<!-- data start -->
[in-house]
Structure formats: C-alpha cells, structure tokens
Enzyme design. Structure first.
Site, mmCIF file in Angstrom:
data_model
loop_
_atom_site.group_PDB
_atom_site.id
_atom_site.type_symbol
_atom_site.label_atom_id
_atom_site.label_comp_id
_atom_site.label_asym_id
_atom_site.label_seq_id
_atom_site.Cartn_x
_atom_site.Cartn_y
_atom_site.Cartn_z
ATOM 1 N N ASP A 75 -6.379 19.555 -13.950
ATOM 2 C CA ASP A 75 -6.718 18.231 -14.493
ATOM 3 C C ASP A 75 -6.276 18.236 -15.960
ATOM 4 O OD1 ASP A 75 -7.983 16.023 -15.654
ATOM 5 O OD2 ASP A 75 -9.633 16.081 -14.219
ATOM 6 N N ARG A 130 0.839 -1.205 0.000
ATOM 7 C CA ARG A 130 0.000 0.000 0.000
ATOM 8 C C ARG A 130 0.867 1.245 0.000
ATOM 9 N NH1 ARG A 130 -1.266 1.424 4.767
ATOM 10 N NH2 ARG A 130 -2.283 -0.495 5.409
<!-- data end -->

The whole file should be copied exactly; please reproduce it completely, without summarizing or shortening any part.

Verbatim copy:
[in-house]
Structure formats: C-alpha cells, structure tokens
Enzyme design. Structure first.
Site, mmCIF file in Angstrom:
data_model
loop_
_atom_site.group_PDB
_atom_site.id
_atom_site.type_symbol
_atom_site.label_atom_id
_atom_site.label_comp_id
_atom_site.label_asym_id
_atom_site.label_seq_id
_atom_site.Cartn_x
_atom_site.Cartn_y
_atom_site.Cartn_z
ATOM 1 N N ASP A 75 -6.379 19.555 -13.950
ATOM 2 C CA ASP A 75 -6.718 18.231 -14.493
ATOM 3 C C ASP A 75 -6.276 18.236 -15.960
ATOM 4 O OD1 ASP A 75 -7.983 16.023 -15.654
ATOM 5 O OD2 ASP A 75 -9.633 16.081 -14.219
ATOM 6 N N ARG A 130 0.839 -1.205 0.000
ATOM 7 C CA ARG A 130 0.000 0.000 0.000
ATOM 8 C C ARG A 130 0.867 1.245 0.000
ATOM 9 N NH1 ARG A 130 -1.266 1.424 4.767
ATOM 10 N NH2 ARG A 130 -2.283 -0.495 5.409